PhD Studentship: “Yours Obediently, Sincerely and Humbly”? The Social Agency of Petitioning, c. 1789-1860 at The National Archives, the National Maritime Museum and Durham University

PhD Studentship: “Yours Obediently, Sincerely and Humbly”? The Social Agency of Petitioning, c. 1789-1860 at Durham University

The National Archives, the National Maritime Museum, and Durham University are pleased to invite applications for a three-year (or part-time equivalent) AHRC Collaborative Doctoral Partnership PhD Studentship. This is available for a student to begin research from October 2018 and tenable at Durham University in close collaboration with The National Archives and the National Maritime Museum (which is part of Royal Museums Greenwich). This doctoral award is funded through the Arts and Humanities Research Council (AHRC) under its Collaborative Doctoral Partnership programme. The project will be supervised by Dr Richard Huzzey and Prof Andy Wood, at Durham, and by Dr Paul Carter and Katie Fox, at The National Archives, and by Dr Robert Blyth, at the National Maritime Museum.

The Studentship

The student will explore three extensive collections of personal petitions from the Hanoverian and early Victorian periods. These documents capture the appeals, tactics, and language of poorer Britons as they interacted with different state authorities. Using a comparative framework for the first time, the student will link the nascent historiographies on personal petitions from (i) the poor, (ii) convicted criminals, their relatives, and the victims of crime, and (iii) sailors, naval employees, and their families.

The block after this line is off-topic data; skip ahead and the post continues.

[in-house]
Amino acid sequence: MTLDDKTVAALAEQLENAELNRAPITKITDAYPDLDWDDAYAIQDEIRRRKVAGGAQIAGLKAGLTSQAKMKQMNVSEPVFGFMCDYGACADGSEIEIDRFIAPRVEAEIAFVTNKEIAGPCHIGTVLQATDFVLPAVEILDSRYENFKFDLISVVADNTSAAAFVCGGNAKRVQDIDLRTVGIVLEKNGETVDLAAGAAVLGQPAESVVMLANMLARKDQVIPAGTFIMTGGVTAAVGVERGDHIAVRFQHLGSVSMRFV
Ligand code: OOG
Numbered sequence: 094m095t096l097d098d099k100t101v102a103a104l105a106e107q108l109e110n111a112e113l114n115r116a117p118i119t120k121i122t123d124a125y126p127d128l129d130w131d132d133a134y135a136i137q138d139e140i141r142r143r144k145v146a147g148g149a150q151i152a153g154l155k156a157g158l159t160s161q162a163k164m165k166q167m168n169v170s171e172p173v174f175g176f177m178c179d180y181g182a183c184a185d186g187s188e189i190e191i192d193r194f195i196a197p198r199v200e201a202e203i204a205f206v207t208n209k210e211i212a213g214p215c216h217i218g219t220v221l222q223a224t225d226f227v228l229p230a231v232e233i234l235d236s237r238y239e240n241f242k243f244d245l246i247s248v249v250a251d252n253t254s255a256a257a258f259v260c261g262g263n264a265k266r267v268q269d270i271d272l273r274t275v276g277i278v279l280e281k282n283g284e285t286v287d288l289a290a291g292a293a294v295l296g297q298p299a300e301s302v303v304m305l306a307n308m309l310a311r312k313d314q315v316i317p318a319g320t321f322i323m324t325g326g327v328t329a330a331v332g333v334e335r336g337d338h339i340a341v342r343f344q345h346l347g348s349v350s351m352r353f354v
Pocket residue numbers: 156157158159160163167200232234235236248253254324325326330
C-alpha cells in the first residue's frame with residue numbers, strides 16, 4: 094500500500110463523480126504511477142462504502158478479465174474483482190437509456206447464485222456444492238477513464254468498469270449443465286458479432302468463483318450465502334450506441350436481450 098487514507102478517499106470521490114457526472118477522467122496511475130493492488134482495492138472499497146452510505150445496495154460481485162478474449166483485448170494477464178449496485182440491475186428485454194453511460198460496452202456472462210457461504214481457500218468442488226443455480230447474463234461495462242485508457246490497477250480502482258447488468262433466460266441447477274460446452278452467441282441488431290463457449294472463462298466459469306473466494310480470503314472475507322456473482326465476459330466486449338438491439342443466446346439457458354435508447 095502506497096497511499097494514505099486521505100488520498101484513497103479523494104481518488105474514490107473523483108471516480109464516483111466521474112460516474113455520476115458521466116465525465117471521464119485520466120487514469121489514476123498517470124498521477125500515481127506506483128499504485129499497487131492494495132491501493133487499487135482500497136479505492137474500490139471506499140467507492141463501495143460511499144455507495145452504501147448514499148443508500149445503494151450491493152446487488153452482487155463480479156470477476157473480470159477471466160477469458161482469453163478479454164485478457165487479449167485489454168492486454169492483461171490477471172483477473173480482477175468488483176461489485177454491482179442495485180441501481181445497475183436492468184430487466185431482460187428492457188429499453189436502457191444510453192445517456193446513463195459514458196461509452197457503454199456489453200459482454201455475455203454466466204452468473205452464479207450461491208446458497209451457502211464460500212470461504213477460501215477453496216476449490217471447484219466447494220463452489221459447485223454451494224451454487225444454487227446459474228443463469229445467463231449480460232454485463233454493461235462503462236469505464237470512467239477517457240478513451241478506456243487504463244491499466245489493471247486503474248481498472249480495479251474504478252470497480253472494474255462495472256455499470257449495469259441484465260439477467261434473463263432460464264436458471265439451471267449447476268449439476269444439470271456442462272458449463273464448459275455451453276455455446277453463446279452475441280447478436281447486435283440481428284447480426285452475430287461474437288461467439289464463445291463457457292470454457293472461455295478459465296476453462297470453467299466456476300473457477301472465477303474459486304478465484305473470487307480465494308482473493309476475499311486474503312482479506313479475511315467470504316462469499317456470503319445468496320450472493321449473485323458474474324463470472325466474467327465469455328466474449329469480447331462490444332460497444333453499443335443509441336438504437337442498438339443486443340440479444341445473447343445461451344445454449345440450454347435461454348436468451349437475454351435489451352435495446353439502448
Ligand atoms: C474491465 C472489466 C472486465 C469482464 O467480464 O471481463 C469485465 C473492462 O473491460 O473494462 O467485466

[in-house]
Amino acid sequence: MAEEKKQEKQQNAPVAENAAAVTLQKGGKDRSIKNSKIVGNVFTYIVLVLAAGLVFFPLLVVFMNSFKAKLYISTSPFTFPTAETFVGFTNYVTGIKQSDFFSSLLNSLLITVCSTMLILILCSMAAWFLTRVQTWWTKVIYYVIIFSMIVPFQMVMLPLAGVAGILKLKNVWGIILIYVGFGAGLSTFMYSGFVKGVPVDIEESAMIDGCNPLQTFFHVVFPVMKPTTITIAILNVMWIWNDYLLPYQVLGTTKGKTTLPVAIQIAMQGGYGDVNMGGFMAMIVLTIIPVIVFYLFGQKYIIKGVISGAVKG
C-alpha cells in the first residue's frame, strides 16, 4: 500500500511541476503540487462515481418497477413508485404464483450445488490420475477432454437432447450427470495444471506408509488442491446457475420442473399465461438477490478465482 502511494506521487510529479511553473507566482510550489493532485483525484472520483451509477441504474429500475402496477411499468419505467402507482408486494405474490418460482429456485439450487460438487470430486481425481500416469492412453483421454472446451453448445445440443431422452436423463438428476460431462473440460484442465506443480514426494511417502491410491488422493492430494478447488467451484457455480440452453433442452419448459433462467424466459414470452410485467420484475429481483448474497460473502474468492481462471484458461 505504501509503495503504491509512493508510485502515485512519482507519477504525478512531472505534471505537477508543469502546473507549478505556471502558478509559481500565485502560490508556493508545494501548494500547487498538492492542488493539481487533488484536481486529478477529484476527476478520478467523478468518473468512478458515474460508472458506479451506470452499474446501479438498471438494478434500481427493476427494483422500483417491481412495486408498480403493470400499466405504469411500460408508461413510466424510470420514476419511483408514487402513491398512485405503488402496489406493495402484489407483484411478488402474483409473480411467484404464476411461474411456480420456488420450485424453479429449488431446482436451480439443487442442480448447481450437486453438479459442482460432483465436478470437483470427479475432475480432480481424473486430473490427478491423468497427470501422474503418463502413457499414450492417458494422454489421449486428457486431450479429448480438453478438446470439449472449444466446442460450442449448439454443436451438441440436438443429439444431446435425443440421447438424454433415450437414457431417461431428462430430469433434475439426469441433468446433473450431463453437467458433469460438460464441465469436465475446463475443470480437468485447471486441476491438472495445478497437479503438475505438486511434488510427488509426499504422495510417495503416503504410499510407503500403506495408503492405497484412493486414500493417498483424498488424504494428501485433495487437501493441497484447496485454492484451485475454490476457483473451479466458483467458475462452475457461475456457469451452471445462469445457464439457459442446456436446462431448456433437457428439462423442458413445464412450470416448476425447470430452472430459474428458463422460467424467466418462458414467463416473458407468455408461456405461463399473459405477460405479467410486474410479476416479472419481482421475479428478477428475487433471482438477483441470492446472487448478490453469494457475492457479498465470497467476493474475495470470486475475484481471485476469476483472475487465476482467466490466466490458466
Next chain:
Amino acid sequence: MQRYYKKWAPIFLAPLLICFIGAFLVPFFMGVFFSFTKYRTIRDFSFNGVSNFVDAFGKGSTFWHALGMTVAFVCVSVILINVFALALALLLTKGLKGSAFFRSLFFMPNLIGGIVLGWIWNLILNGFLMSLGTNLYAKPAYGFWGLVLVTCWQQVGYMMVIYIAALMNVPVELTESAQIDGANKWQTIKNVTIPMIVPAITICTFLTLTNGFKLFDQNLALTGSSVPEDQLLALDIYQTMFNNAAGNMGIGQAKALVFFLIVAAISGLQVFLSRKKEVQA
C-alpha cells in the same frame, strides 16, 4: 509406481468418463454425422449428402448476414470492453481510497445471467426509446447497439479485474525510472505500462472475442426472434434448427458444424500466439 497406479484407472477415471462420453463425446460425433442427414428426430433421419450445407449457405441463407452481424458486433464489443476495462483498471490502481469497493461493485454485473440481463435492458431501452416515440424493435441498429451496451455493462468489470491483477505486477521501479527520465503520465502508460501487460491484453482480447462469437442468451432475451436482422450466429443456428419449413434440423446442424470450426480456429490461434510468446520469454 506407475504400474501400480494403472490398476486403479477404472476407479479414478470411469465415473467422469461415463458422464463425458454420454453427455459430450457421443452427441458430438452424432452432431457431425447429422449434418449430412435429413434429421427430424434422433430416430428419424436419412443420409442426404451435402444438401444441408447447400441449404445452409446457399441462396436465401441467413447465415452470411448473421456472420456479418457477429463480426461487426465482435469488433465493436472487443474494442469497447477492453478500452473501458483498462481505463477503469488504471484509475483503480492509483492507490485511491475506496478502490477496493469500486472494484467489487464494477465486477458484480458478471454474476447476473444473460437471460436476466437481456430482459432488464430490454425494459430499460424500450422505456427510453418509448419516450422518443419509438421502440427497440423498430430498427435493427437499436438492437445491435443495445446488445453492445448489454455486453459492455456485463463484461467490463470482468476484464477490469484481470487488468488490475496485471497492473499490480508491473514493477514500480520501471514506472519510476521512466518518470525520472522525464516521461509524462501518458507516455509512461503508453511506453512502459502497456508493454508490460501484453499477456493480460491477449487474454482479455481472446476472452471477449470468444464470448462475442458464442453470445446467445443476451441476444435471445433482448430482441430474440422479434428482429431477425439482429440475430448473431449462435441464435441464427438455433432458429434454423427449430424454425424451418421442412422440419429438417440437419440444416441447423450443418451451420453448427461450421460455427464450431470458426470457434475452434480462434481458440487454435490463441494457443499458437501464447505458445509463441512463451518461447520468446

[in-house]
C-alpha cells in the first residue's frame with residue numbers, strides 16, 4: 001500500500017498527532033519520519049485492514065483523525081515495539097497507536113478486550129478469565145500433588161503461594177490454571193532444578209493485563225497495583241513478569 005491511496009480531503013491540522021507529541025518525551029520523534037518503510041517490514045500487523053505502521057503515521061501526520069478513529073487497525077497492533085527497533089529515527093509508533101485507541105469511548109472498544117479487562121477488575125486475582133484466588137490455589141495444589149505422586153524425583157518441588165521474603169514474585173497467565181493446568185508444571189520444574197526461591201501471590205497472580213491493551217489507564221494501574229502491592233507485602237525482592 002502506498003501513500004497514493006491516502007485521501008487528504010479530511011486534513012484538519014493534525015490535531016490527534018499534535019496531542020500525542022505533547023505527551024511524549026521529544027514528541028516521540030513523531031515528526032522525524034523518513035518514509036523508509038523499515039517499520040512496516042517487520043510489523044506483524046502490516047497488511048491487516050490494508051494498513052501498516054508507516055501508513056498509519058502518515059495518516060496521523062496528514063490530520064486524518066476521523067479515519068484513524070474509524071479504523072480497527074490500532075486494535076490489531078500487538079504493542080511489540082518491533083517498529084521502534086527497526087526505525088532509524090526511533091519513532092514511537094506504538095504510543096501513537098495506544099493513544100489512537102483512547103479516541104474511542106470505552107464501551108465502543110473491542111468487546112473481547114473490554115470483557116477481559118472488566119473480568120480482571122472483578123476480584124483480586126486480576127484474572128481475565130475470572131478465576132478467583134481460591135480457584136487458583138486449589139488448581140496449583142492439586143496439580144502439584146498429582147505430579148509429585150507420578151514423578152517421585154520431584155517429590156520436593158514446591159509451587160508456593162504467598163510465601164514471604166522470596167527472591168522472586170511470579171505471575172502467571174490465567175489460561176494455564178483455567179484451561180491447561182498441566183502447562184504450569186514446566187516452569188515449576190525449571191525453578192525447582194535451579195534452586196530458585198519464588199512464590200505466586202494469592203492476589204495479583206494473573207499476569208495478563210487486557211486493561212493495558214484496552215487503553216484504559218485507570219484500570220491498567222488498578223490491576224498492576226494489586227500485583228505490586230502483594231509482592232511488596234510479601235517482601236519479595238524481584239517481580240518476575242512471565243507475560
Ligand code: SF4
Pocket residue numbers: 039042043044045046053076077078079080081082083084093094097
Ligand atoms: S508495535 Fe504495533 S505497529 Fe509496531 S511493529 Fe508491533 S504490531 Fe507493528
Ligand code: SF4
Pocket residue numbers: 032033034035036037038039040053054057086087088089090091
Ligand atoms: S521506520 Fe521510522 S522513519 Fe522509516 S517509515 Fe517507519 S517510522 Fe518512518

The resultant doctorate will reveal the negotiation of power relations between Britain’s governors and the governed. However, the collaborative nature of this studentship will require the successful applicant to share their research with (i) archivists and curators within the two collaborative institutions, (ii) members of the public using or visiting The National Archives and National Maritime Museum. Additional funding for up to six months is available to cover further collaborative activities.

The student will be based in Durham’s Department of History, where they will join a vibrant community of PhD students including a number holding collaborative awards. They will have the opportunity to participate in interdisciplinary initiatives in Durham, such as the Centre for Nineteenth-Century Studies. They will also form part of a cohort of doctoral students working as part of the active research communities at The National Archives and National Maritime Museum. The student will be integrated into and supported by the research community at The National Archives, and will be able to participate in The National Archives’ Postgraduate Archival Skills Training (PAST) workshops, which provide archival research skills for historians based on The National Archives’ wide range of records.

Subject to a candidate meeting the AHRC eligibility criteria, the scholarship covers tuition fees and a grant (stipend) towards living expenses. The national minimum doctoral stipend for 2018/19 has been set by Research Councils UK at £14,777, plus an additional stipend payment of £550 for Collaborative Doctoral Students (TBC). The studentship includes an additional six months of funding from the AHRC’s Student Development Fund, which can (subject to agreement) be used to support appropriate training or a placement based on the student’s individual training needs. The National Archives will also provide up to £1,000 per year for three years to support the student’s research-related expenses (subject to agreement) such as travel costs.

How to apply

Further information about this collaborative research project (including academic and eligibility criteria), and full details on how to apply can be found in the further particulars on Durham University’s website:

Deadline 10th May 2018 

Mobile Navigation